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Comparing & Contrasting American & Japanese Marketing

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Competition in the business world is fierce and in order to survive companies must expand. “With the increasing globalization of markets, companies find they are unavoidably enmeshed with foreign customers, competitors, and suppliers, even within their own borders,” (Cateora-Graham, 2007). One way in which many companies have done this is by going global. International marketing, although more prominent than ever before, is still a difficult arena for marketers to master. Although religion and culture are not immediately brought to mind when business is brought up, marketing is one aspect of business that is highly sensitive to culture. Not only culture, but also politics, the economy and the law effect marketing strategies. This paper will examine the differences between the American and Japanese marketing environments.


“It should not be surprising that Japanese marketing practices vary from traditional Western marketing practices because marketing is the process of satisfying wants and needs and these desires vary tremendously among cultures,” (Howard, 1999). The Japanese have been noted as leaders in marketing techniques. However, the Japanese may not be as adept in the marketing field as once thought. The Japanese view the field of marketing much differently than Americans do. The Japanese believe that “if a good, quality, lower-priced product is produced based on consumer information, people should buy it,” (Howard, 1999). The Japanese do not place marketing very high on their list of priorities. This is very different from their American counterparts. American companies value marketing highly. Japanese companies place more emphasis on production and manufacturing.

Cultural differences between American and Japanese markets have a great influence on the marketing in both countries. One of the interesting facts about the Japanese is that they share a high standard of quality in their products. Although Japan exports many inexpensive products, such as inexpensive electronics and toys, Japan imports high-quality, more costly goods than the United States does. The Japanese culture demands higher quality products than the American culture. “Americans seem to be able to conduct a trade-off between price and quality, and are willing to accept lower quality goods (discount stores, etc.) for a break in the price,” (Howard, 1999). This is very different from the Japanese consumer, who believes that the labor that goes into high-quality goods and services is the way in which a company can demonstrate to the customer that they are valued. Americans however, demand more variety, lower costs, and faster service. The Japanese desire for high quality, paired with the focus on manufacturing, is somewhat detrimental for Japanese marketing. Today’s business world is fast-paced and timing is essential. While American marketers are able to get their product out to the consumer almost as soon as a need is identified, Japanese marketing is often slower.

Another cultural difference that marketers in both countries must take note of is that Americans hold a “cultural worship of the individual and his or her rights compared to the Japanese obligations to its society and the acceptance of some limitations for the greater good of the country and the corporation,”(Howard, 1999). Because the Japanese culture places such high priority on the product that they purchase, Japanese marketing includes high standards for “product quality, durability, and reliability,” yet Japanese consumers also force marketers to provide them with “fashions and styles that match their individual lifestyles and ages,” (Howard, 1999). This has become a key feature of Japanese marketing, high-quality partnered with individualization. The Japanese culture strives for perfection, therefore marketers in Japan must also aim for the same. This has led to Japanese advantages in the international marketing directed towards other countries. American companies also look to provide new and exciting products early, sometimes even before the consumers are aware of the need. Japanese marketing is more dependent of the consumer, relying on the consumer to dictate their creativity.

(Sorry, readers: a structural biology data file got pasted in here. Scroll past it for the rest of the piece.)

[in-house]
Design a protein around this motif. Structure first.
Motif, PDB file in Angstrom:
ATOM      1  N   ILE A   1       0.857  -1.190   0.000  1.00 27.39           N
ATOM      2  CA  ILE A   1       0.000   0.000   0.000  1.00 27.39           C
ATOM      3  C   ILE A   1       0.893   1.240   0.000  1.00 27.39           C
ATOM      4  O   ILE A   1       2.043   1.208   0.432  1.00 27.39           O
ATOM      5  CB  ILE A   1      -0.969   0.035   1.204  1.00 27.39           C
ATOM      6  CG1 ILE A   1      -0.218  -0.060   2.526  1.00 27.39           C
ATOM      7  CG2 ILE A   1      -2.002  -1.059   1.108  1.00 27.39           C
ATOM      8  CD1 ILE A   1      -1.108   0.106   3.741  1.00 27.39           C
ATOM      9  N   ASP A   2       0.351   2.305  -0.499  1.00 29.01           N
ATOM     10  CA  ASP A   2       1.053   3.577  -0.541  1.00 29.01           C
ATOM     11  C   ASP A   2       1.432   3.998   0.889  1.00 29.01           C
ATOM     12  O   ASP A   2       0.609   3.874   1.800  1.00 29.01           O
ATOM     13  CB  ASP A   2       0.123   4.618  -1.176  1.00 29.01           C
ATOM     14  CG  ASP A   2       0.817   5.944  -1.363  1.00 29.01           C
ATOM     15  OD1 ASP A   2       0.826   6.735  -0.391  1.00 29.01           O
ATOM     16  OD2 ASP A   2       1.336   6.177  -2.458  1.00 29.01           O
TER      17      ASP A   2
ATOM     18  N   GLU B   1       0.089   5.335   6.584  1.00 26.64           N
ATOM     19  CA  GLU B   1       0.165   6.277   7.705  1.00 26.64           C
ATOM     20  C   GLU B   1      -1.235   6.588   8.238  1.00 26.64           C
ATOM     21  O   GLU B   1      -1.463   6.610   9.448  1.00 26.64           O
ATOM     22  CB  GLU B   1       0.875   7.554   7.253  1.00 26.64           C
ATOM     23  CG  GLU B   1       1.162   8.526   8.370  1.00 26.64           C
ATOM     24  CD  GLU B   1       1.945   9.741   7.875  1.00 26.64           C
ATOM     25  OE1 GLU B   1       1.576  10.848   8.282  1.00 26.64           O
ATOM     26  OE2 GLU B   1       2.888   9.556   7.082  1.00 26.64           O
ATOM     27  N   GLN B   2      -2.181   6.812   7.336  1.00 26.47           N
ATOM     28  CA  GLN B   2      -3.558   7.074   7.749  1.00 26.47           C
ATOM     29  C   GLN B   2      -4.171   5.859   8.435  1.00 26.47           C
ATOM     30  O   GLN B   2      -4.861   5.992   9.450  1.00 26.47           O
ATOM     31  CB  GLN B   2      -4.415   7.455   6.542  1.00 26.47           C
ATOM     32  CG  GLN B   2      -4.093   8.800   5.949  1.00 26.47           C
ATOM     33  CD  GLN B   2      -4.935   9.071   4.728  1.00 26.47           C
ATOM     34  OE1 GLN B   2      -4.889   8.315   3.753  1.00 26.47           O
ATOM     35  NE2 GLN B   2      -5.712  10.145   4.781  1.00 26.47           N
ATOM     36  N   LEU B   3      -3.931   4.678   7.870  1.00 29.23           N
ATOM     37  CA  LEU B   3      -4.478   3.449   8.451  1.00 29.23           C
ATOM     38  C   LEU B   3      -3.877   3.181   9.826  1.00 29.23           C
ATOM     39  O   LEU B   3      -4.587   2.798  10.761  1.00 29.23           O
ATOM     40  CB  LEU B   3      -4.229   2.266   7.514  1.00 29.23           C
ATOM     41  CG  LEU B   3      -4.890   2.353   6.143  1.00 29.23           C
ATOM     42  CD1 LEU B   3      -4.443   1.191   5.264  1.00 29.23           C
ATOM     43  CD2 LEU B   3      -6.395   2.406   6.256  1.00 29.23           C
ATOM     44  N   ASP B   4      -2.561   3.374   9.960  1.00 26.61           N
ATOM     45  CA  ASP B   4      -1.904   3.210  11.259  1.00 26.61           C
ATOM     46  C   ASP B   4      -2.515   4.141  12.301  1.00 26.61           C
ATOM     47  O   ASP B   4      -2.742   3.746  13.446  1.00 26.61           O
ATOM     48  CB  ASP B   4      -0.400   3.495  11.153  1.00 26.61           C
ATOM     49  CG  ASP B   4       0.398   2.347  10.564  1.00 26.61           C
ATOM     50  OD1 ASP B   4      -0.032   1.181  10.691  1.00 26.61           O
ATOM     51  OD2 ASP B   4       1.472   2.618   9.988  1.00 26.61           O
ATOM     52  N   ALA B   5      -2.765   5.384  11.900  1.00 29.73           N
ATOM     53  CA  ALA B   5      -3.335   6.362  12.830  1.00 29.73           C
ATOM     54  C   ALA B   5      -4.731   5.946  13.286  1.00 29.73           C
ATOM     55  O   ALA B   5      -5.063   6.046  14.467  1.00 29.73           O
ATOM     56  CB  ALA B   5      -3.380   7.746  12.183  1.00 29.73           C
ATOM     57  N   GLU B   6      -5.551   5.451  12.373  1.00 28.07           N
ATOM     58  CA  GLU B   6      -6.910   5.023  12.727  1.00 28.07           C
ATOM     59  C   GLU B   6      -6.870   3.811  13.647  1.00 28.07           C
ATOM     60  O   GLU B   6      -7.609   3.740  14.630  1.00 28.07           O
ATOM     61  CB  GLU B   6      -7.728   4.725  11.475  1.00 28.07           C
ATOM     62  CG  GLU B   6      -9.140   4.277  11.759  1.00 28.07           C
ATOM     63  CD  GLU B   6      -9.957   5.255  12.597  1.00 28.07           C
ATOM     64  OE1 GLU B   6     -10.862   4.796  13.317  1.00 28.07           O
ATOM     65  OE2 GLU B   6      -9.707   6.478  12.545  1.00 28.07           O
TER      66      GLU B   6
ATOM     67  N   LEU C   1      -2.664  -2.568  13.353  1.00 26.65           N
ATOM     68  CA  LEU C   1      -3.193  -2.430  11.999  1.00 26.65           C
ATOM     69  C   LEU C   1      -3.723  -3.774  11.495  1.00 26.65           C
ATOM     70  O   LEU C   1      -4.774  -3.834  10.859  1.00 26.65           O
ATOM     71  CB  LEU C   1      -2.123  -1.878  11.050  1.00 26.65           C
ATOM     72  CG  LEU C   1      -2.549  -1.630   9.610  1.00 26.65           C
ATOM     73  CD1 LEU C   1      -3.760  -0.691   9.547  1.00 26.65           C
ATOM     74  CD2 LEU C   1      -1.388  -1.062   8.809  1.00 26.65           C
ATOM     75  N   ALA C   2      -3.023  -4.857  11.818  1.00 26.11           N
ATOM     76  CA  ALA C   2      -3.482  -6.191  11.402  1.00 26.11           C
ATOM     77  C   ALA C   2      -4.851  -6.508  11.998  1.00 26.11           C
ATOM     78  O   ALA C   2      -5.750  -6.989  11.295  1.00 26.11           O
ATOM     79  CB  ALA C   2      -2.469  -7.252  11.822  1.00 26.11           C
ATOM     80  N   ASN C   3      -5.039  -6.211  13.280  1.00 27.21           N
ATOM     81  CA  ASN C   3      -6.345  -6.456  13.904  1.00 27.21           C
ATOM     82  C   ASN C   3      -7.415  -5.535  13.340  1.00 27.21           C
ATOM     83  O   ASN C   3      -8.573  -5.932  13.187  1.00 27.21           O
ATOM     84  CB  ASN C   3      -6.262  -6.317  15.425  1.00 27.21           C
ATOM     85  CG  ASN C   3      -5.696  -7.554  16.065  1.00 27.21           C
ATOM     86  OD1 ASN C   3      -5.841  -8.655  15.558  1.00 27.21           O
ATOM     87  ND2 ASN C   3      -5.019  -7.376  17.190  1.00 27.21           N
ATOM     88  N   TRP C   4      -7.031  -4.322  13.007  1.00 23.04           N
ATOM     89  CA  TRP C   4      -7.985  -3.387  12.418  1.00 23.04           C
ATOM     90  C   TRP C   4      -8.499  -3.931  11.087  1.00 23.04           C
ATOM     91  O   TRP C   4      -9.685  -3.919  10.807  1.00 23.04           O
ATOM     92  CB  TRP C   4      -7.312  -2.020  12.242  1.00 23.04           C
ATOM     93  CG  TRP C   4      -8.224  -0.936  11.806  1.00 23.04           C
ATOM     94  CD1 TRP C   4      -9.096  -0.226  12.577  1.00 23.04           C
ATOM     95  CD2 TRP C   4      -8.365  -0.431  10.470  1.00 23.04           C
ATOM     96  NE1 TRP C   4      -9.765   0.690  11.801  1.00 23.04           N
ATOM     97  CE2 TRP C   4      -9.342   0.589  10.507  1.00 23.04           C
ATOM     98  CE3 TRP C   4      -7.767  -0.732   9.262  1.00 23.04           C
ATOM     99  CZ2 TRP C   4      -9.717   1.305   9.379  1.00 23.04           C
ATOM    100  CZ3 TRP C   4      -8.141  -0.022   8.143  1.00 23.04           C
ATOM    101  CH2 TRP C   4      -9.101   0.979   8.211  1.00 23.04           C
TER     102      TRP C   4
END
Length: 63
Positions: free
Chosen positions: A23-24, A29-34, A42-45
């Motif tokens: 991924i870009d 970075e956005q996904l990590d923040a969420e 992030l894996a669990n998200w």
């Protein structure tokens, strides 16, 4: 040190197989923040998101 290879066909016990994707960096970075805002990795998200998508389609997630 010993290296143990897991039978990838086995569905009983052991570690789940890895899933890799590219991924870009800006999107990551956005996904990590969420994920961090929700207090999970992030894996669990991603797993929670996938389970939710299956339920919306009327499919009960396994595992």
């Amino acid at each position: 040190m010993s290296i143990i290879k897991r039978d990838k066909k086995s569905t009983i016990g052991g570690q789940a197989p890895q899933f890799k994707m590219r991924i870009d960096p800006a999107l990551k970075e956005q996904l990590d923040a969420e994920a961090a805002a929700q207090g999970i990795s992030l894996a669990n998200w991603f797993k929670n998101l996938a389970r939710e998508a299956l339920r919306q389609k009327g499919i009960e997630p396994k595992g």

Japanese marketing has been highly successful in such divisions as the automobile industry, and electronics. These types of industry are less susceptible to the impact of cultural differences. The Japanese have less “success in markets where major cultural differences are paramount; their success has been almost exclusively in product markets where the notion of function and utility are reasonable consistent across cultures,” (Howard, 1999). American companies, however, have been successful in marketing the more creative products, such as music, movies, and television.


Even though the United States and Japan have two very different government structures, politics still play a role in the marketing of both countries. “Japanese managers allow the government to guide their business/marketing decisions and to secure investment. The relationship between government and business in Japan has been one of cooperative effort,” (Ogden, 2004). This is very different from American businesses and marketing, who tend to lean more towards a “hands-off” approach to governmental roles in their decision-making. Companies in the United States almost resent any sort of political interference.

Another way in which politics influences the marketing in both the United States and Japan is seen in the way that the world views the country due to its political stance. For



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